As a veterinary professional/rehabber what do you feel is essential for managing canine arthritis effectively?

I think it’s the delicate art of finding balance between providing realistic expectations, educating and empowering pet parents, and listening to what the patient is telling you. These things all have to come together to make the best decisions and it can be easier said than done.

Unfortunately, we all know obesity is a problem for many pets, and it can often be the rate-limiting step of any successful arthritis management plan. As veterinary professionals, we know the importance of maintaining a lean body condition and the incredibly positive impact that weight loss can have for improving the comfort of an arthritic pet, but this can be challenging to convey to pet parents.

We first must set realistic expectations by educating them on the limitations we will face if a pet remains overweight. We must provide them with realistic time frames to achieve healthy weight loss and face the most common pitfalls that cause failure to lose weight.

We must then educate and empower them to be an integral part in the weight loss plan. I personally find this part to be the most challenging because discussing this with pet parents can bring about feelings of guilt or blame that we must overcome as the veterinary professional. We must let them know that we are here to work with them and to be on their team and that we have no judgement towards them. Pet nutrition is a hot and often controversial topic, and pet parents are flooded with conflicting information regarding what is the best formulation, amount, frequency, and manner in which to feed their pets. As veterinary professionals, it is our duty to try to clear the path for them and to provide evidence-based guidance that is in the best interest of their furry family member.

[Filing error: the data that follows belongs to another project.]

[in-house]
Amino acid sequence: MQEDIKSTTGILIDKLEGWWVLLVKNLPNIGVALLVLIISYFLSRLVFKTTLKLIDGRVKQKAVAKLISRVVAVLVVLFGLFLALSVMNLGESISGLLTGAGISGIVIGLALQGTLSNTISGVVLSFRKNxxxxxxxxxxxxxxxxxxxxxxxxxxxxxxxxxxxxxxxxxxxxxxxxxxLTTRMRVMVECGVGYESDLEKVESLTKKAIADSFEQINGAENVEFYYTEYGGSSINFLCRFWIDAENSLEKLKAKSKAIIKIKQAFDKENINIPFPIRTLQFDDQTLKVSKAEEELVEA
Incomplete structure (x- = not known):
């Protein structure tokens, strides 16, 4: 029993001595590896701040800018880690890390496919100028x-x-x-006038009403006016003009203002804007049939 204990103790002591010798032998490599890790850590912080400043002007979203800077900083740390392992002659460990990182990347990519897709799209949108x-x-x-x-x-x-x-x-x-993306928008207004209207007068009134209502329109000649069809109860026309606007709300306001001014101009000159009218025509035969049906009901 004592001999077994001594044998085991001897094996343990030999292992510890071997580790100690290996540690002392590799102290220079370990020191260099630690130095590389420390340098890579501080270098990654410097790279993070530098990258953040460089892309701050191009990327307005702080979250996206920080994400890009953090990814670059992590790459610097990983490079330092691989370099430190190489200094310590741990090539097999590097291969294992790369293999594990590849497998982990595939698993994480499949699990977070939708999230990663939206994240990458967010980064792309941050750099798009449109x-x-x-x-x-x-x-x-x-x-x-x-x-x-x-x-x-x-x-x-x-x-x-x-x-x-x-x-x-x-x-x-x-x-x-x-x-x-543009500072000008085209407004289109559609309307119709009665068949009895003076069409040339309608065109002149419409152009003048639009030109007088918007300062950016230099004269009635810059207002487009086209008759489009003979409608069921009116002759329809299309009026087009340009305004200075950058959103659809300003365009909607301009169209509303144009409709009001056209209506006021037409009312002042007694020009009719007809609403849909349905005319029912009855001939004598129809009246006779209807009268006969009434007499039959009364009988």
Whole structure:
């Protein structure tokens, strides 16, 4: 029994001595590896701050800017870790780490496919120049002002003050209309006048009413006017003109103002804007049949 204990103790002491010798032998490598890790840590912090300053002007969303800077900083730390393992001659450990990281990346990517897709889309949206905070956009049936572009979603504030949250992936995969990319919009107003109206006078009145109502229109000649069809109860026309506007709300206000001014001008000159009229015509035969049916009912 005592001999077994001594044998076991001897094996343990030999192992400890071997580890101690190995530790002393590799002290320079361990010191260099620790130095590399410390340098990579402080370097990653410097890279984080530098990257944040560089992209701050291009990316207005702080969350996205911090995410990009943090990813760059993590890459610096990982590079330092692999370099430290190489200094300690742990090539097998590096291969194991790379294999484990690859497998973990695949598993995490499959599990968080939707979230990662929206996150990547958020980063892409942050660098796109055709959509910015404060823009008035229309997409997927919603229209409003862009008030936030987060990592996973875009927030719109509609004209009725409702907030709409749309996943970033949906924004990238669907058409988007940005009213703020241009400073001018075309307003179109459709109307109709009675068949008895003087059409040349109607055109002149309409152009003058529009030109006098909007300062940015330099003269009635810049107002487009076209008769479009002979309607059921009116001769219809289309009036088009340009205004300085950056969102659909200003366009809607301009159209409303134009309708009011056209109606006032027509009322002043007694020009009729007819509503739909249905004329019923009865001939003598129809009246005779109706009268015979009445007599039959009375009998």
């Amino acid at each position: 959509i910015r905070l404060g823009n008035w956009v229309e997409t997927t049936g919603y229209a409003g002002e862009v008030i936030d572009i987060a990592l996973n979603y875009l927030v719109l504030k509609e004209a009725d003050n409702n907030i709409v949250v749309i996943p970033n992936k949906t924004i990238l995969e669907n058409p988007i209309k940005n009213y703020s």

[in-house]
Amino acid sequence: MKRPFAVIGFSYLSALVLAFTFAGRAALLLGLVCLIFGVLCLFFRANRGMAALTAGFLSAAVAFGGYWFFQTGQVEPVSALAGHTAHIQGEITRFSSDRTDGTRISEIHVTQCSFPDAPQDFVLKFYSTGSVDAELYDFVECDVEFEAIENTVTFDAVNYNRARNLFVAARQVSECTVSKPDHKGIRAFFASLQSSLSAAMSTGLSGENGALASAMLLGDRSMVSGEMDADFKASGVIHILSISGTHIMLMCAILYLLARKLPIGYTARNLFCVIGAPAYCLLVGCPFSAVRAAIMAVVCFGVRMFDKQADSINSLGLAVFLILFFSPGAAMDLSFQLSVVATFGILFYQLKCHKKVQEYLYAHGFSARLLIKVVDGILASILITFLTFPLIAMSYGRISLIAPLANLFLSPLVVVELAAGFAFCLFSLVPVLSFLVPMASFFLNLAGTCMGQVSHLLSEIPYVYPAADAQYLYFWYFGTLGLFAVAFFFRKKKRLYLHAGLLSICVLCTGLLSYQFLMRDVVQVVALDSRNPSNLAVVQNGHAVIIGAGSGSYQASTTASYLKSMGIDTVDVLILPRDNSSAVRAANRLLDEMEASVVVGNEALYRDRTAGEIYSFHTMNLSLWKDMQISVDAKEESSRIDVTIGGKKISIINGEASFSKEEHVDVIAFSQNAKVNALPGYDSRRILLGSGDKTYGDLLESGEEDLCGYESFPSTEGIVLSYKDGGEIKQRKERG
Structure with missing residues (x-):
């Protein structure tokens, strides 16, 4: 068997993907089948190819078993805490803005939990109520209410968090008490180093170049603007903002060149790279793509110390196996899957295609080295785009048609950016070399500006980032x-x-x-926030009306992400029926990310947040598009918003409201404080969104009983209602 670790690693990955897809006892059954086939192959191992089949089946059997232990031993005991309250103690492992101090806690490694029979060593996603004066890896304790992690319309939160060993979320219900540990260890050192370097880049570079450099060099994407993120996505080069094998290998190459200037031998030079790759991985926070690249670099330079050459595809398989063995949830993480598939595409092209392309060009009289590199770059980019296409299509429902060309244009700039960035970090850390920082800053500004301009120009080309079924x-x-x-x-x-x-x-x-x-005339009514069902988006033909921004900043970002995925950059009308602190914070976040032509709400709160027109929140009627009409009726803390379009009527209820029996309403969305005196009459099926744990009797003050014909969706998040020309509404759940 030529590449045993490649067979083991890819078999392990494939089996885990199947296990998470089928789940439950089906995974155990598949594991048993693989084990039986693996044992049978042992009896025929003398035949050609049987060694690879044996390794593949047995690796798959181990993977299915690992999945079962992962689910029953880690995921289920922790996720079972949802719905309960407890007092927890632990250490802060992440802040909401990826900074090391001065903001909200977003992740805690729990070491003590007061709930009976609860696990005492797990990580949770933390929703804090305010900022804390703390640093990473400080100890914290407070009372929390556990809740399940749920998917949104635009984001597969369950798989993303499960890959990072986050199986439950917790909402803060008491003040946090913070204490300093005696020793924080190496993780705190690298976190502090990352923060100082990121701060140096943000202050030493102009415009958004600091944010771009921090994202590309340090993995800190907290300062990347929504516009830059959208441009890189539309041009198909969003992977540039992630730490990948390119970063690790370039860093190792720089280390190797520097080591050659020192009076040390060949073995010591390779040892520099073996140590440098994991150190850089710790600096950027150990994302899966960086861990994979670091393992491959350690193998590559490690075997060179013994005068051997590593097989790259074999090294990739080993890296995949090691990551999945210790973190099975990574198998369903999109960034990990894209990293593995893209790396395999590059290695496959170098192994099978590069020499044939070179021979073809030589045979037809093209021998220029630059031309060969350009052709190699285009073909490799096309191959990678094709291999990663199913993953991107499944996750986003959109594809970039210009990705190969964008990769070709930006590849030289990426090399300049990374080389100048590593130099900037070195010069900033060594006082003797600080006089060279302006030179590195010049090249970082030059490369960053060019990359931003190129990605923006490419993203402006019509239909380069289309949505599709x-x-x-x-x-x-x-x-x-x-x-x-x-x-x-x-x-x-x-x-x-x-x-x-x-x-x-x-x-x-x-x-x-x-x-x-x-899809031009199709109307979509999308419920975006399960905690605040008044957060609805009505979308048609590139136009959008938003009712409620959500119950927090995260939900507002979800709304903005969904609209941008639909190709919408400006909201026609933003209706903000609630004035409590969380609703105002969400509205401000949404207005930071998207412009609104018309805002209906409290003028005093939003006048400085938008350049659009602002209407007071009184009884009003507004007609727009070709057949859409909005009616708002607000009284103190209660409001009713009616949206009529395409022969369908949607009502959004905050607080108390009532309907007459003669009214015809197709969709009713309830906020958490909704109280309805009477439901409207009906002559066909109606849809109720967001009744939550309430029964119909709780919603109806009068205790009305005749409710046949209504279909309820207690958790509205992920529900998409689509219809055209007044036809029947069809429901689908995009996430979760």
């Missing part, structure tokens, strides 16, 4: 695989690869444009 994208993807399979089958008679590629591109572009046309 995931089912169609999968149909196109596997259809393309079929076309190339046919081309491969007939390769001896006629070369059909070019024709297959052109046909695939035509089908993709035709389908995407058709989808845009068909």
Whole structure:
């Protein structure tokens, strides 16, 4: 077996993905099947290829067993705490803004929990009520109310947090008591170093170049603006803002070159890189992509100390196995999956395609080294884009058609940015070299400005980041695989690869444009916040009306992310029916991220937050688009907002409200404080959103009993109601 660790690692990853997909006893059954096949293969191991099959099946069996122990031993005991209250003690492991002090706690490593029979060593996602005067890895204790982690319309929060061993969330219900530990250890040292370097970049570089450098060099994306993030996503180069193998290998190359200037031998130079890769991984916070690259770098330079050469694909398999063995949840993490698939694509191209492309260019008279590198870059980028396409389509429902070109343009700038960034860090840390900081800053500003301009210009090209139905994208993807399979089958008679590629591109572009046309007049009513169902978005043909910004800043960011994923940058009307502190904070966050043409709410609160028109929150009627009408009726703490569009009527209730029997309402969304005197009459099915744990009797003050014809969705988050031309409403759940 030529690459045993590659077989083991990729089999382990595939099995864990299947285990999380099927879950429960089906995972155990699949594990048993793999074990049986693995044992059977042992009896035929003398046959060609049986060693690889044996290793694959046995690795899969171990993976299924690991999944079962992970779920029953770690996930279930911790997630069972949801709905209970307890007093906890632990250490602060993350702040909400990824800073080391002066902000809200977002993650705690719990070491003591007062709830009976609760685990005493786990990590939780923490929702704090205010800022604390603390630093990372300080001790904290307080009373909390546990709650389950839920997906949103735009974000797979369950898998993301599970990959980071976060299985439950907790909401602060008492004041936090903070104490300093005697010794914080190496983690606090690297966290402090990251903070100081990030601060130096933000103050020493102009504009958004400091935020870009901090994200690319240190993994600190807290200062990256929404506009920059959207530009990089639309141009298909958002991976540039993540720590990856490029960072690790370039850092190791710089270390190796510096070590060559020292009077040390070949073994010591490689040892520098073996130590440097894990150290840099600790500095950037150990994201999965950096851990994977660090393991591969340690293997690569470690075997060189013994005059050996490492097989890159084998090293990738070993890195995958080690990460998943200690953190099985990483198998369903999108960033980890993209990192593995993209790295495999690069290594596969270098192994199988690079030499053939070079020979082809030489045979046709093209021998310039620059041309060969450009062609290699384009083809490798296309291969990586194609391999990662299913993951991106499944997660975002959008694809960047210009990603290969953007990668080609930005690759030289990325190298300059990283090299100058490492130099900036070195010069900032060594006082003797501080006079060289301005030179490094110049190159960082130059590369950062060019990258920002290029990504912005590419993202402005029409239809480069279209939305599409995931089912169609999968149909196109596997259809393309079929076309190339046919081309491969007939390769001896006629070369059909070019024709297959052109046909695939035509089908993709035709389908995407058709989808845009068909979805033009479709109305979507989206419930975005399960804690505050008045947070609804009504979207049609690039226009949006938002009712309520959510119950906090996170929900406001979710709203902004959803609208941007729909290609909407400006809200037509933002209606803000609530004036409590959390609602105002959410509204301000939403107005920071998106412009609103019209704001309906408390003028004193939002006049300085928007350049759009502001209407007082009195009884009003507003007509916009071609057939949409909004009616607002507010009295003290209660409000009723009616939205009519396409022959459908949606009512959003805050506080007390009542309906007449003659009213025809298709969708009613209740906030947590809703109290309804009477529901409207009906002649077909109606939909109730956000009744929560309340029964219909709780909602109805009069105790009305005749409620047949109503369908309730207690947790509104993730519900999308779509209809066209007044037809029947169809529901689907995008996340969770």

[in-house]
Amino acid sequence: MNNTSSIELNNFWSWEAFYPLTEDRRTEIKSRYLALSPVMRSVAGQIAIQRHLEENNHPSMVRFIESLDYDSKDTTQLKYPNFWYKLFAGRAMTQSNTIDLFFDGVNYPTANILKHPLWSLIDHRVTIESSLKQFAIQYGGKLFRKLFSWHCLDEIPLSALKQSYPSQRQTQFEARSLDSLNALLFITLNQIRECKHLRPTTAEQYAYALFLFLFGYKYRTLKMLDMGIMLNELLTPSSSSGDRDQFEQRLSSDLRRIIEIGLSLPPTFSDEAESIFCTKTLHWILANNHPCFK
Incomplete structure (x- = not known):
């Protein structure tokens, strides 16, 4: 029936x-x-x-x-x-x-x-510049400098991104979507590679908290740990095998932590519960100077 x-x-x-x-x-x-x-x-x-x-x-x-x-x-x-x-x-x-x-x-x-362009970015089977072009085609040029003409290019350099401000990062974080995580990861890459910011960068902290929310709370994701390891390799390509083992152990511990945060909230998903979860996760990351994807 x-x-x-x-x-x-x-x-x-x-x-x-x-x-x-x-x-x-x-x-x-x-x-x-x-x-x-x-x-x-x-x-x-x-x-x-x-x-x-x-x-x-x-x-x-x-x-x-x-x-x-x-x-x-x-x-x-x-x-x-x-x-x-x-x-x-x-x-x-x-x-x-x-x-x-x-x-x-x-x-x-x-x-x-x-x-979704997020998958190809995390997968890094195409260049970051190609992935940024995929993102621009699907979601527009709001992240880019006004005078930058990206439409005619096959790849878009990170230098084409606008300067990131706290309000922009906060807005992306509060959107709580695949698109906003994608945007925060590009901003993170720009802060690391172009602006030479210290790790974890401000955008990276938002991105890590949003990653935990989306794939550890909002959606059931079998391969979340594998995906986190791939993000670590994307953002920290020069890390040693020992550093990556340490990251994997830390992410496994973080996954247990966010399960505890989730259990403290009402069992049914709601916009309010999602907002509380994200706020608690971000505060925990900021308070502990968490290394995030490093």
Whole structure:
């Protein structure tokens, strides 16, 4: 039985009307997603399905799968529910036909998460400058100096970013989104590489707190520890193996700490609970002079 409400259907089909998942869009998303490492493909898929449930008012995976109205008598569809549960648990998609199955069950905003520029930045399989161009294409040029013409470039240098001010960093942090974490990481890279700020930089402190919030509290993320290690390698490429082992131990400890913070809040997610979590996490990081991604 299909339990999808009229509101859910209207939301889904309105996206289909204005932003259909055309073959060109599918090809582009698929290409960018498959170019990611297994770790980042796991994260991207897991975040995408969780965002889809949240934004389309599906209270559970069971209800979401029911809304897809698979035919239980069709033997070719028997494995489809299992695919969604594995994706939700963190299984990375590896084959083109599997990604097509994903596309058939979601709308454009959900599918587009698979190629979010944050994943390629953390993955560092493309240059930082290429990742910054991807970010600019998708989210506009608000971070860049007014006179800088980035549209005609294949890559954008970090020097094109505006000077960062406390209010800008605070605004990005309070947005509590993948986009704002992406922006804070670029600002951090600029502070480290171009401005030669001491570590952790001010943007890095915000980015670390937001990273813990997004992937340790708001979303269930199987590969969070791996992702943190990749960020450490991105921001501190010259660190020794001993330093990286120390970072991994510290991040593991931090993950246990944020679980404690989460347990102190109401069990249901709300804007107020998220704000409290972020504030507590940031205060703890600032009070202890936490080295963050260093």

And then we must listen to the patient. Dogs will challenge you just as much as they love you!  We have to remain flexible with our recommendations because they may not like a particular food that we prescribe, or they may develop gastrointestinal issues from diet changes despite our best efforts. Sometimes begging behaviours become problematic during a weight loss plan, or training becomes more difficult because treats are limited. Other times, the human-animal bond may be affected by our weight loss plans and it is our role to stick by the pet parent to find solutions to these problems so that we can keep the goal in focus. We must work together to make our recommendations work for everyone on the team, and that means really listening to what each member is telling you.


How do you see treatment options for arthritis progressing over the next ten years?

Oh the places we will go! The technological advances we have made in the last 10 years have been monumental and have paved the way for future advancements. I think regenerative medicine will become much more widely accepted and available and I hope that these services will become more commonplace with day practice veterinarians so that more pets can be reached. I also feel that there will be many more advancements in the modalities that we can offer, their indications for use, and making them available to use at home rather than just in the clinic. So many patients are limited in what we can offer them simply because they are anxious in the clinic. If we can find affordable, drug-free options that we can educate owners how to use at home then I think we will see even more successful results.


If you could have the opportunity to give one tip/ piece of advice to an owner with a dog suffering from arthritis what would it be?

Have faith… and have patience! It’s hard to watch a loved one in pain and it can create a lot of anxiety and distress for pet parents. It’s easy to forget that arthritis is a condition that has been progressing slowly over a very long period of time, and as such, it often takes time to find the right treatment plan. With so many options available it can be overwhelming and difficult to know what to try first, or how many things to implement at once. We need to remember to give each treatment time to work and each pet time to adjust to the treatments we are prescribing. We all know that weight loss is the most important part of arthritis management but it’s easy to forget that it can take several months for the weight to come off with a diet plan. I try to educate clients in this fact, and remind them that it’s the small, daily victories that come together to improve the overall quality of life for their pet.